The Tragedy of Commercialism in College Sports Essay

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The Tragedy of Commercialism in College Sports

Over the past 25 years, ESPN has become the master when it comes to marketing college basketball. They're the professionals of this amateur game. Earlier this spring ESPN and its spinoffs ESPN2, ESPNU and ESPN Classic aired a record 97 conference tournament men's basketball games over an eight day period, including 16 games broadcast from 10 different locations on March 12 (Hiestand). For fans of the sport ESPN has become a college hoops haven. CBS may garner the most attention for its $6 billion 11-year contract, which gives the network exclusive broadcasting rights for the season-ending men's NCAA tournament, but it is ESPN, which is responsible for the game's dramatic rise in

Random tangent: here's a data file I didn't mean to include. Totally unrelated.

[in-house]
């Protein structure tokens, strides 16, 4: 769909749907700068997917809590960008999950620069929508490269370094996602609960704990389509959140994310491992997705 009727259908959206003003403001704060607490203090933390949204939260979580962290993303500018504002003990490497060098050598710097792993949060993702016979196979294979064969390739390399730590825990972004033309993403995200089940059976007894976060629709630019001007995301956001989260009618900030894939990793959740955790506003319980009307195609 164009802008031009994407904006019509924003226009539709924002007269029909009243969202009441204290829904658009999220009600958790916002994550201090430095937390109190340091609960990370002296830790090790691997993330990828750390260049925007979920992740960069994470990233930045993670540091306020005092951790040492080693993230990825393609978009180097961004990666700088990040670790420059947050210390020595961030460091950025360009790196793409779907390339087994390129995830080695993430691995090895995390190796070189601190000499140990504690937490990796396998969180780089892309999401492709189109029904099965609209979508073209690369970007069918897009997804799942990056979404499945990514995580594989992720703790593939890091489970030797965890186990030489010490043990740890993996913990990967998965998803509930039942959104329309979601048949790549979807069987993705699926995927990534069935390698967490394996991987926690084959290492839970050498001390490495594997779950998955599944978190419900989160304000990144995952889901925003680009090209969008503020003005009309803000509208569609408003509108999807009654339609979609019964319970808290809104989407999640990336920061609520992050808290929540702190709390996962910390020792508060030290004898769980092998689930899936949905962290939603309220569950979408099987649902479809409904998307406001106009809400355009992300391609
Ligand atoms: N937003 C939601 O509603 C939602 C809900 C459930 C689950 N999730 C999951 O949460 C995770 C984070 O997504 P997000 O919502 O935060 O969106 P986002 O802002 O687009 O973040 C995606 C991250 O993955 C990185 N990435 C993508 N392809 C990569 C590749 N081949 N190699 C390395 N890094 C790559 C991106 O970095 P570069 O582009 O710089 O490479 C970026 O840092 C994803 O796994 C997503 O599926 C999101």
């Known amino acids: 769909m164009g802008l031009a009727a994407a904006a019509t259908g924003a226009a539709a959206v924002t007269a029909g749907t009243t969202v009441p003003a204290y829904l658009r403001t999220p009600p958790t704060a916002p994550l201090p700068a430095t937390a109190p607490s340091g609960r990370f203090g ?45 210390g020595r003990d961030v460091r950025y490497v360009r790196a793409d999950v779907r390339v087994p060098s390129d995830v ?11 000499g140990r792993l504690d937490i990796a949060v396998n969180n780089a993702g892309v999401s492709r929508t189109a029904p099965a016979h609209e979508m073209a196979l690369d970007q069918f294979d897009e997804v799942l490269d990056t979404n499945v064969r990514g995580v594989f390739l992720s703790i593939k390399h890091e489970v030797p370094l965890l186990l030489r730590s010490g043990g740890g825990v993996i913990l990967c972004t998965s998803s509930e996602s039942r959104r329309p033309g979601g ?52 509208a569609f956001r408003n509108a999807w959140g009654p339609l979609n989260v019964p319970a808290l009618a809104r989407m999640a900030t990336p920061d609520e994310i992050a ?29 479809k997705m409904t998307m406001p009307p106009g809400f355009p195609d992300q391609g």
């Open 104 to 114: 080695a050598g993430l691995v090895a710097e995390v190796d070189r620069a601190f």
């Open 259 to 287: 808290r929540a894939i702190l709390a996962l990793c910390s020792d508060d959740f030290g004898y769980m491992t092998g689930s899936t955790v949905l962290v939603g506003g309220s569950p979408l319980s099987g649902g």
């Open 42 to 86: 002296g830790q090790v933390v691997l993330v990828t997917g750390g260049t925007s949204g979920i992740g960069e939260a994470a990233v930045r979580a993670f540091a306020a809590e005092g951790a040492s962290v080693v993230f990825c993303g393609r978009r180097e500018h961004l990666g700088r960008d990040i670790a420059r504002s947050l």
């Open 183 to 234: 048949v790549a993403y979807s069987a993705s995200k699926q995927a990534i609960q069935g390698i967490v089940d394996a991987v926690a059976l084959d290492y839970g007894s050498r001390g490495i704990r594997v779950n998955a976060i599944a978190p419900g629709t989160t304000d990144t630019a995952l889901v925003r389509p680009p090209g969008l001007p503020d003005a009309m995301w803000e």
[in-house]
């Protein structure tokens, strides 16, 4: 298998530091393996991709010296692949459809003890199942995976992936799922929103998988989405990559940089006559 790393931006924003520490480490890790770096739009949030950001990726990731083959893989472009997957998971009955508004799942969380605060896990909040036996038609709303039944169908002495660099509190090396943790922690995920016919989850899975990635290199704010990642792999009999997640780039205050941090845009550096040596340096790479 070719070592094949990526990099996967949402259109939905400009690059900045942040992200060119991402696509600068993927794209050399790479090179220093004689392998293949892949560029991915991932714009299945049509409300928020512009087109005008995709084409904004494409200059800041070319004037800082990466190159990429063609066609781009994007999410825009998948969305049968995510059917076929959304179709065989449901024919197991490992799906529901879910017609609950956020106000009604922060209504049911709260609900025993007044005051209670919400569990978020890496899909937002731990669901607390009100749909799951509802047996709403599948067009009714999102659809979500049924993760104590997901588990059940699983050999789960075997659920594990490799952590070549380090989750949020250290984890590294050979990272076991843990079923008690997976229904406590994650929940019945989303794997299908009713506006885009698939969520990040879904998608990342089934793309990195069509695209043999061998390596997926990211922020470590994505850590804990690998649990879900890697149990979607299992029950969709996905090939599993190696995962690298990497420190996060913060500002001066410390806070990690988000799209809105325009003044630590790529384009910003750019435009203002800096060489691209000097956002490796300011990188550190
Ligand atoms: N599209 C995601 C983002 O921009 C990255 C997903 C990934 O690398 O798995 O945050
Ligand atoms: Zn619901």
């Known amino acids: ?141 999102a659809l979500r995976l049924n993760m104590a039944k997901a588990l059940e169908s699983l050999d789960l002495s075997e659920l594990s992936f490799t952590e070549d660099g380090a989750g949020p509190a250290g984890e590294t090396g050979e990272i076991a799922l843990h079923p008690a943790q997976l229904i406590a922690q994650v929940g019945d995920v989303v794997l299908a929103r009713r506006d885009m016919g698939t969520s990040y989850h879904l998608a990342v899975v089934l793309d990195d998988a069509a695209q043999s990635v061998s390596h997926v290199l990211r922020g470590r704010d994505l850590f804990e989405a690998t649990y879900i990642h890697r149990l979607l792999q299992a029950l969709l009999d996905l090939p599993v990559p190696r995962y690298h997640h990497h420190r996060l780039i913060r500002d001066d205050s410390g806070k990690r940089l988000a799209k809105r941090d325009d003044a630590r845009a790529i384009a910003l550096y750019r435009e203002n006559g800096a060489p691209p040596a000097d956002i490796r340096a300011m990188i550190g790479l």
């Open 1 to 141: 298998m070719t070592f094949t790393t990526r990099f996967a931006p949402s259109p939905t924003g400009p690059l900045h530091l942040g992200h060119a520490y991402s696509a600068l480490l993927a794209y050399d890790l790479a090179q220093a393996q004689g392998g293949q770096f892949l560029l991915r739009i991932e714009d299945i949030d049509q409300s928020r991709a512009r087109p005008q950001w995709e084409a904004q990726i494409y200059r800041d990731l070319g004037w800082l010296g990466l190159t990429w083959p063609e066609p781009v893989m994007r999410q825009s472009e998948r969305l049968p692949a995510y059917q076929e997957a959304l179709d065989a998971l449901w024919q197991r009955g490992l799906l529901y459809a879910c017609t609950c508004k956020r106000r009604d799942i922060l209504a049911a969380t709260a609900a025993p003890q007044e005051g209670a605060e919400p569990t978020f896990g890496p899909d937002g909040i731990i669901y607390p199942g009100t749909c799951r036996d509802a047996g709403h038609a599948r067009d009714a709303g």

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ESPN has made superstars out of college basketball coaches and even TV analysts like Dick Vitale. The station has created national followings for some of the sports elite programs. Want to watch Duke? Just flip on ESPN or ESPN2, where the Blue Devils had 16 of their regular-season games televised last season (Timmermann). The relationship that ESPN has forged with college basketball is both symbiotic and parasitic. The mutual benefit is obvious; ESPN has successfully launched itself as a primer cable sports network and thanks to the network, college basketball has become one of the most profitable collegiate sports, rivaling the once invincible college football. But ESPN has built its empire off the labor of unpaid college athletes. The increasing dollar-amount of TV contracts and growing commercialism in college basketball is proof that ESPN is willing to exploit amateur athletes in the name of increasing profit margins. With no other network and no other sport is this symbiotic and parasitic relationship between media and college athletics made more apparent.

In today's media saturated culture, sports' programming has become a big business. The sporting industry, with annual revenues of over $100